Can storytelling impact teen pregnancy statistics?
Storytelling is a form of content marketing. Marketers use it to weave a story to sell a product, a service, or a concept.
And storytelling can be in many forms: words, infographics, podcasts, music, videos…even TV shows. All can be powerful mediums.
And just to show how powerful storytelling can be, studies were released earlier this year about three popular MTV reality television shows that delve into the lives of pregnant teenage women: “16 and Pregnant,” “Teen Mom,” and “Teen Mom 2.”
When these shows first aired, there was an uproar over fears that they would glorify teen pregnancy and motherhood. However, a major study released earlier this year, “Media Influences on Social Outcomes: The Impact of MTV’s 16 and Pregnant on Teen Childbearing,” finds just the opposite to be true.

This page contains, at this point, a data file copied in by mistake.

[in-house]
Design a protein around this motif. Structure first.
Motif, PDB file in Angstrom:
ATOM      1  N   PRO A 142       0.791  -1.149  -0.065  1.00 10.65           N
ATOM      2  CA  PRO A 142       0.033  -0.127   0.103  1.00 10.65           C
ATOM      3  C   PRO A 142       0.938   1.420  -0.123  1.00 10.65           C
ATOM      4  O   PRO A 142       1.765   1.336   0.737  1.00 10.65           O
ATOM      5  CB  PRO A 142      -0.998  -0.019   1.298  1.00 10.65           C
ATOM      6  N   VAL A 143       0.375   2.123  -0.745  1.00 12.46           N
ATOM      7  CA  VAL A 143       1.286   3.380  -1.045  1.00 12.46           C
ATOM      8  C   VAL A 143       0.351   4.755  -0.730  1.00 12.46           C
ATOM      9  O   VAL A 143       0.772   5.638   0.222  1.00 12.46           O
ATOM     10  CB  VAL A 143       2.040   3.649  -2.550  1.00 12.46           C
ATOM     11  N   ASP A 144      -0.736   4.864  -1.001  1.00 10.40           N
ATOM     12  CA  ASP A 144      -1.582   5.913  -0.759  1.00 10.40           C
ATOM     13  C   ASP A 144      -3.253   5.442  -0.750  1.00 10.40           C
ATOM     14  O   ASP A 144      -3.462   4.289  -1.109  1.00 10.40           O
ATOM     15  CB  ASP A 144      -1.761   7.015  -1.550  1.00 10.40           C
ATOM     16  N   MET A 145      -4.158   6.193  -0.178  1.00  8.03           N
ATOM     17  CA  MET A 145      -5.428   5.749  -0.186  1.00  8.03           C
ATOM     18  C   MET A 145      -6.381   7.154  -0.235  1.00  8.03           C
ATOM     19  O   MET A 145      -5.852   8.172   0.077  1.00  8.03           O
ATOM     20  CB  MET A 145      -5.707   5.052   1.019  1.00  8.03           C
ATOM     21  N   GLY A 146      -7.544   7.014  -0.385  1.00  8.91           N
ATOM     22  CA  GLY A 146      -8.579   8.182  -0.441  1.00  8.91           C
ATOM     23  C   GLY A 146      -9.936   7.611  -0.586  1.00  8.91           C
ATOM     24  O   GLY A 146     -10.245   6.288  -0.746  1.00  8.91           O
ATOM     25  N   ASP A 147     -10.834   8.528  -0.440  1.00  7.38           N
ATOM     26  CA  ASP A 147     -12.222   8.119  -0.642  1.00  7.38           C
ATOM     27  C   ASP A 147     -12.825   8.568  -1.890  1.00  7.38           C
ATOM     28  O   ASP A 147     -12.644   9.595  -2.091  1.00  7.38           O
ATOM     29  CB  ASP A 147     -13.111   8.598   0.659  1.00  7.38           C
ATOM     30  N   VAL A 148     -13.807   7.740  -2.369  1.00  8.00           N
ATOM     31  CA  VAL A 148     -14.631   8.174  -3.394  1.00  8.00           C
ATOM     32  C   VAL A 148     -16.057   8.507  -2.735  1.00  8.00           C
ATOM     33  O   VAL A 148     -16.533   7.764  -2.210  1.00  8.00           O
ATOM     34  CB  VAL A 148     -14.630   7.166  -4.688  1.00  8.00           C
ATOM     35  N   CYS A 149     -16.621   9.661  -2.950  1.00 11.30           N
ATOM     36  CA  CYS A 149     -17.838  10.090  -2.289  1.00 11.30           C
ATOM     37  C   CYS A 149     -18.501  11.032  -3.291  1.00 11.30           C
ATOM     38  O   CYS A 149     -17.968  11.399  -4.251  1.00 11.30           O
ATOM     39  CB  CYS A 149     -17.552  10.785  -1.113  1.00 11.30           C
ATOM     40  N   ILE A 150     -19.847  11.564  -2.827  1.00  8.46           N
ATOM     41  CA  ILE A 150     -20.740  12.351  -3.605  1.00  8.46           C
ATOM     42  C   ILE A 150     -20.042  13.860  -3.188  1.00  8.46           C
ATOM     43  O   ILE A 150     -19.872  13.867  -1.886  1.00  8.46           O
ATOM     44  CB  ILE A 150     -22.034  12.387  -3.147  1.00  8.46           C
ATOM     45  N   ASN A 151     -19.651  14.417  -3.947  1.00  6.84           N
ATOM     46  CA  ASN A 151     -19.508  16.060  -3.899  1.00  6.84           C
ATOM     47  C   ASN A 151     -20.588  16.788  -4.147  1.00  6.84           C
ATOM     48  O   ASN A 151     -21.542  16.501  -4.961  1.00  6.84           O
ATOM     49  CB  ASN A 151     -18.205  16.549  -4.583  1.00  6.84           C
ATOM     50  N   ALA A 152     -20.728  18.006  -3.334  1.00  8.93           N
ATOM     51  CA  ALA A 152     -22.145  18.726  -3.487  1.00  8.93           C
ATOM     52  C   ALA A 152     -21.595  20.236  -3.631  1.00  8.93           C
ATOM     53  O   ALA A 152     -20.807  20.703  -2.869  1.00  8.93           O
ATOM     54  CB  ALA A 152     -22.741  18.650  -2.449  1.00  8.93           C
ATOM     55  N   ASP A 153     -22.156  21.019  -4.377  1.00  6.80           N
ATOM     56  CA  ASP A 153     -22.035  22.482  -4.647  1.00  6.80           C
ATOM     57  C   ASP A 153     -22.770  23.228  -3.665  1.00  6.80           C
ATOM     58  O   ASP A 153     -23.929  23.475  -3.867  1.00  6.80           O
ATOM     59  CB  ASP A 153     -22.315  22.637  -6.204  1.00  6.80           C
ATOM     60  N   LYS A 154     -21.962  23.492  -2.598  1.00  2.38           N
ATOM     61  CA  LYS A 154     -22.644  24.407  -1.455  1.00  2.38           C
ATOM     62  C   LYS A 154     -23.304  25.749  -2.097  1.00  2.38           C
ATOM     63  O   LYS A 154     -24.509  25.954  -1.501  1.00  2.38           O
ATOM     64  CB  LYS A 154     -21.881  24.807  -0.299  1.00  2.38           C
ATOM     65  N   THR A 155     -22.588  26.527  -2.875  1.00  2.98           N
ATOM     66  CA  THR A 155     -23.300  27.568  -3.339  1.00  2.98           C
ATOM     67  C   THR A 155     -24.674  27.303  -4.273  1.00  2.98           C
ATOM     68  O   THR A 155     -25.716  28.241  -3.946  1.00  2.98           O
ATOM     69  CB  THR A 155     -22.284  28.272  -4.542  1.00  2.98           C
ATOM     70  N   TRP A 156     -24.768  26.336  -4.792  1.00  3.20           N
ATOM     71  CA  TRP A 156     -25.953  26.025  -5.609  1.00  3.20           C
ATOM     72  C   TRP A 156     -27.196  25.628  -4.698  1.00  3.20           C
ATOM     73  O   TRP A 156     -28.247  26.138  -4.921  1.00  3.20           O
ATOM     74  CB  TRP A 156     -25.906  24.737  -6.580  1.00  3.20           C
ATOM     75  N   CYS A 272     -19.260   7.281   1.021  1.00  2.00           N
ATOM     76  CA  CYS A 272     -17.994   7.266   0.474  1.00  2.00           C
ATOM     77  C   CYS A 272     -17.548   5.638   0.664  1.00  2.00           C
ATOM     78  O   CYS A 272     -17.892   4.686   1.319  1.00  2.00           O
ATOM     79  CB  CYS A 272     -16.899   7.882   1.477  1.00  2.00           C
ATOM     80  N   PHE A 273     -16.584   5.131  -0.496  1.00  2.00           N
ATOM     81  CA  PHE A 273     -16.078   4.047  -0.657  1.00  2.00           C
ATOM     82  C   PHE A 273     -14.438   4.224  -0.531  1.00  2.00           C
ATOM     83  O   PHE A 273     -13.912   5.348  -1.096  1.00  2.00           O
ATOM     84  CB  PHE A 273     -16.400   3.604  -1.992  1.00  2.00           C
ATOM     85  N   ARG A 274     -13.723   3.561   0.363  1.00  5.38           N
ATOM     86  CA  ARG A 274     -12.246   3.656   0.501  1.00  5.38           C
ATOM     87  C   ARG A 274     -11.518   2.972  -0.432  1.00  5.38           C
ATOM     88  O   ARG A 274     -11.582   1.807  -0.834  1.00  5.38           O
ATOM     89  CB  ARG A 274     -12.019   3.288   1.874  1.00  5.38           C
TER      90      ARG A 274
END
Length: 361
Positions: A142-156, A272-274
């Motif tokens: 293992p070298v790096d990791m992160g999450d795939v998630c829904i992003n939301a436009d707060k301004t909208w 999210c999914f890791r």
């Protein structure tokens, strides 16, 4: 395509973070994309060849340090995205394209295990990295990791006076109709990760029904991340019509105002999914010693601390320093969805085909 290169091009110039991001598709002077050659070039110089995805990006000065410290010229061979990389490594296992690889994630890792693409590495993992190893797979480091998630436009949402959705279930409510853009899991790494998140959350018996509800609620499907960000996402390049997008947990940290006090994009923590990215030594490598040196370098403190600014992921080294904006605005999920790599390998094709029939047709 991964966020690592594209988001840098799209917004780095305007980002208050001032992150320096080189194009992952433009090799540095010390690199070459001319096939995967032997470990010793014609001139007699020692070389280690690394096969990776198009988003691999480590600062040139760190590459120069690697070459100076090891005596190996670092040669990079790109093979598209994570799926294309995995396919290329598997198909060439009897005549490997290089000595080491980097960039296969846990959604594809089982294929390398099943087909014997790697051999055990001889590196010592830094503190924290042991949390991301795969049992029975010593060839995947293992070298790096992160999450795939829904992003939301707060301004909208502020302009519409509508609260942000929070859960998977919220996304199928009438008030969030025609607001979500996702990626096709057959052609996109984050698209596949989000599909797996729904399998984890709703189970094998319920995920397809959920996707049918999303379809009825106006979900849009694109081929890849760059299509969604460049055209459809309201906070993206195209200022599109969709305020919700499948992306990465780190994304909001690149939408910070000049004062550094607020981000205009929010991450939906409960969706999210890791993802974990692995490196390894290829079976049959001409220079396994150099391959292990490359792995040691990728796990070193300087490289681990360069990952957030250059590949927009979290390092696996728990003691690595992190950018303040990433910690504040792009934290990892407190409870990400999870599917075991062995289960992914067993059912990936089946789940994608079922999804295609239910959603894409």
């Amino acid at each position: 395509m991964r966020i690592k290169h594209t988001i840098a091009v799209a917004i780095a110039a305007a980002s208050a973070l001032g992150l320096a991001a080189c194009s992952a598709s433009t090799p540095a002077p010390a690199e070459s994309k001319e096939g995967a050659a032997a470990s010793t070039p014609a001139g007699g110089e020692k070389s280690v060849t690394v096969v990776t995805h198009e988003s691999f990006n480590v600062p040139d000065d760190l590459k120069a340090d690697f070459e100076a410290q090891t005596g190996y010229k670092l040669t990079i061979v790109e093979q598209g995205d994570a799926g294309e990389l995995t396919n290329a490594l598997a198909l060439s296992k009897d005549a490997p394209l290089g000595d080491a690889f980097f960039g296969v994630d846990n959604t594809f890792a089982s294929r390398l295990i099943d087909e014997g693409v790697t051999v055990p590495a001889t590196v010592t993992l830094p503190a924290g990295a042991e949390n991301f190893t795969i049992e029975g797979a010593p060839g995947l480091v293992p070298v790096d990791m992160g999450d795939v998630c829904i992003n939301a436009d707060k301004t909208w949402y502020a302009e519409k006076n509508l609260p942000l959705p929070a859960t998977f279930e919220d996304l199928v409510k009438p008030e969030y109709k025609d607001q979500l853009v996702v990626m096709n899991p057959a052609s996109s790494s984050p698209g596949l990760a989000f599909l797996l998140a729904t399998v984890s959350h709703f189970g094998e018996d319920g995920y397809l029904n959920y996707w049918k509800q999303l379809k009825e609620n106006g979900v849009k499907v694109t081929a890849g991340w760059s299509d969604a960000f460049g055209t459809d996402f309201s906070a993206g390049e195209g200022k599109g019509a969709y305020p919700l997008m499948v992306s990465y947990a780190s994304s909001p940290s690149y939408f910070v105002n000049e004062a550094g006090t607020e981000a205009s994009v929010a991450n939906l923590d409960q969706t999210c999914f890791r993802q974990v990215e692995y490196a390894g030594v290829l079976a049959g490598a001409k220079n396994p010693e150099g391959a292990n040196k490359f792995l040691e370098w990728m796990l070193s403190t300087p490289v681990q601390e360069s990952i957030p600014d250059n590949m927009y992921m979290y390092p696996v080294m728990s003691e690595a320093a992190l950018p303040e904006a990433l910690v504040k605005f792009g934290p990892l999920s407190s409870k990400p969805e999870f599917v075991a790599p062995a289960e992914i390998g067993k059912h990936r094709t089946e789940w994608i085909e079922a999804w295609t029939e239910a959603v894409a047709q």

Published by the National Bureau of Economic Research, the study found that the three shows actually coincide with a 5.7 percent decrease in teen pregnancies. This accounts for about a one-third decline in teen pregnancies in the year and a half from the start of the shows.
Other studies indicate there has also been a significant increase in the sales of condoms among teenage boys and young men. Although this cannot be tied specifically to the three shows, they likely did have an impact.
According to the researchers, the three shows give teens a close look at what it means to have children at such a young age. In fact, while the shows were on TV, there were spikes on Twitter related to pregnancy and on search engines searching for information on birth control, pregnancy, and abortion, especially in areas of the country where teen pregnancy is prevalent.
As to abortions specifically, it appears that not only was there a reduction in teen births at the time of the shows, but the number of abortions among teenage women also declined…all possibly related to some quality, credible, engaging storytelling content.